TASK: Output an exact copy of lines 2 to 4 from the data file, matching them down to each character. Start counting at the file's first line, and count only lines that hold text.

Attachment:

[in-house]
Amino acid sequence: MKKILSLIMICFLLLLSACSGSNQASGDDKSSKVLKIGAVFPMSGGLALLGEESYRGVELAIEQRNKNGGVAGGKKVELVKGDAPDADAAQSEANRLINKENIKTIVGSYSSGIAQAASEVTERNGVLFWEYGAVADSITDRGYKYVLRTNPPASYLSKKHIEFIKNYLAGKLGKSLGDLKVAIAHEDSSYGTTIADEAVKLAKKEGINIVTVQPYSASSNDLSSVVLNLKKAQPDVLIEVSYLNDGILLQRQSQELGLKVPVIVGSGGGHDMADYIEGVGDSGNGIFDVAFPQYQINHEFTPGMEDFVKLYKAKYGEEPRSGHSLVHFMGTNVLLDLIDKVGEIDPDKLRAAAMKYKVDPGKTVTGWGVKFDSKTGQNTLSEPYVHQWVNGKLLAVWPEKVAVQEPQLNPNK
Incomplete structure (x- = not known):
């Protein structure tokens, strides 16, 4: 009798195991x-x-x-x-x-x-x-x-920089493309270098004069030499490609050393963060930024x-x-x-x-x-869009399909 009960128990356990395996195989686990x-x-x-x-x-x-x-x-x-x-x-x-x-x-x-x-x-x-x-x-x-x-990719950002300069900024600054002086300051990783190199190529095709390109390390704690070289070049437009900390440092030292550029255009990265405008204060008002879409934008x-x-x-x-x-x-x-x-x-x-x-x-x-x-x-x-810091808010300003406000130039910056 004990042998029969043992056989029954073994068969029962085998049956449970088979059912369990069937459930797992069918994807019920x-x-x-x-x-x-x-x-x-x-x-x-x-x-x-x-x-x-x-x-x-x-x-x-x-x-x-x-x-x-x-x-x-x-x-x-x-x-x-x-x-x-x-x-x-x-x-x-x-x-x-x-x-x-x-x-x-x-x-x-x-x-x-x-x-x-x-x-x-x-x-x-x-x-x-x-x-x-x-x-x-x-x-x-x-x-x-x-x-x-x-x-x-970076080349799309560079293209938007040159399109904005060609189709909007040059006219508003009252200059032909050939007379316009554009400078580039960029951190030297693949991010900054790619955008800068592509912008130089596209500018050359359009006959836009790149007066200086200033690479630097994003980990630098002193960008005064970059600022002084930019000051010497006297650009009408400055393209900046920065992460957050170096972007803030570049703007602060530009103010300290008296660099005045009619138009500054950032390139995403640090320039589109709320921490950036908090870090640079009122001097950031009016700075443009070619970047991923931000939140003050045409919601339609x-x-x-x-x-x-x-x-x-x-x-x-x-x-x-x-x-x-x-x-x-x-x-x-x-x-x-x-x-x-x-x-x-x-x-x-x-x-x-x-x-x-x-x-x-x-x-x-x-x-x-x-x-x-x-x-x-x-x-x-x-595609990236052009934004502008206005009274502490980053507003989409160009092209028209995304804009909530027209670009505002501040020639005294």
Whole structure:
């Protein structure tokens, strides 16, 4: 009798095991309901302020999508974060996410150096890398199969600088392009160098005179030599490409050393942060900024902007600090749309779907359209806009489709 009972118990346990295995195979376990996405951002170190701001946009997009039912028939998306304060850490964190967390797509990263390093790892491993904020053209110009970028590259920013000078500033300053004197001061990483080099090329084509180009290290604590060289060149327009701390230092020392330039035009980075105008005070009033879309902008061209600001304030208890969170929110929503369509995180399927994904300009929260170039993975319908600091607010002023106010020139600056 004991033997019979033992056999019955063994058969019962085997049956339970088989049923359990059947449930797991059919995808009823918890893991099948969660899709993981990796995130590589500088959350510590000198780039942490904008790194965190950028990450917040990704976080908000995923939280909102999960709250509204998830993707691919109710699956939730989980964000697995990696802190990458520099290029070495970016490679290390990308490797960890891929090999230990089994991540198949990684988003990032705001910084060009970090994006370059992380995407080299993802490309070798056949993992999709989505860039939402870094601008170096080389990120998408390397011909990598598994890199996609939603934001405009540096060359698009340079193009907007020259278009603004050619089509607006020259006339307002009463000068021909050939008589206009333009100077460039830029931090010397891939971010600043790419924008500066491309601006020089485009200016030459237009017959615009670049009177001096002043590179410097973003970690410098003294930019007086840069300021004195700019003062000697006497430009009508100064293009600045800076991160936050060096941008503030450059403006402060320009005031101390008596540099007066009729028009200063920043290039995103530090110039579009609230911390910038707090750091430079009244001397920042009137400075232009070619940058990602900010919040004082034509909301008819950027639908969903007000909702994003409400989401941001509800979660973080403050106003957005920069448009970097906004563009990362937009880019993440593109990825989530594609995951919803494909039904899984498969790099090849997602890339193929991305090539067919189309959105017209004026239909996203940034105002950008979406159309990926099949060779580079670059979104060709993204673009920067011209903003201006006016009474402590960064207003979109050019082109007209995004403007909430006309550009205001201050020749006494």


Amino acid sequence: MKKILSLIMICFLLLLSACSGSNQASGDDKSSKVLKIGAVFPMSGGLALLGEESYRGVELAIEQRNKNGGVAGGKKVELVKGDAPDADAAQSEANRLINKENIKTIVGSYSSGIAQAASEVTERNGVLFWEYGAVADSITDRGYKYVLRTNPPASYLSKKHIEFIKNYLAGKLGKSLGDLKVAIAHEDSSYGTTIADEAVKLAKKEGINIVTVQPYSASSNDLSSVVLNLKKAQPDVLIEVSYLNDGILLQRQSQELGLKVPVIVGSGGGHDMADYIEGVGDSGNGIFDVAFPQYQINHEFTPGMEDFVKLYKAKYGEEPRSGHSLVHFMGTNVLLDLIDKVGEIDPDKLRAAAMKYKVDPGKTVTGWGVKFDSKTGQNTLSEPYVHQWVNGKLLAVWPEKVAVQEPQLNPNK
Incomplete structure (x- = not known):
């Protein structure tokens, strides 16, 4: 009798195991x-x-x-x-x-x-x-x-920089493309270098004069030499490609050393963060930024x-x-x-x-x-869009399909 009960128990356990395996195989686990x-x-x-x-x-x-x-x-x-x-x-x-x-x-x-x-x-x-x-x-x-x-990719950002300069900024600054002086300051990783190199190529095709390109390390704690070289070049437009900390440092030292550029255009990265405008204060008002879409934008x-x-x-x-x-x-x-x-x-x-x-x-x-x-x-x-810091808010300003406000130039910056 004990042998029969043992056989029954073994068969029962085998049956449970088979059912369990069937459930797992069918994807019920x-x-x-x-x-x-x-x-x-x-x-x-x-x-x-x-x-x-x-x-x-x-x-x-x-x-x-x-x-x-x-x-x-x-x-x-x-x-x-x-x-x-x-x-x-x-x-x-x-x-x-x-x-x-x-x-x-x-x-x-x-x-x-x-x-x-x-x-x-x-x-x-x-x-x-x-x-x-x-x-x-x-x-x-x-x-x-x-x-x-x-x-x-970076080349799309560079293209938007040159399109904005060609189709909007040059006219508003009252200059032909050939007379316009554009400078580039960029951190030297693949991010900054790619955008800068592509912008130089596209500018050359359009006959836009790149007066200086200033690479630097994003980990630098002193960008005064970059600022002084930019000051010497006297650009009408400055393209900046920065992460957050170096972007803030570049703007602060530009103010300290008296660099005045009619138009500054950032390139995403640090320039589109709320921490950036908090870090640079009122001097950031009016700075443009070619970047991923931000939140003050045409919601339609x-x-x-x-x-x-x-x-x-x-x-x-x-x-x-x-x-x-x-x-x-x-x-x-x-x-x-x-x-x-x-x-x-x-x-x-x-x-x-x-x-x-x-x-x-x-x-x-x-x-x-x-x-x-x-x-x-x-x-x-x-595609990236052009934004502008206005009274502490980053507003989409160009092209028209995304804009909530027209670009505002501040020639005294």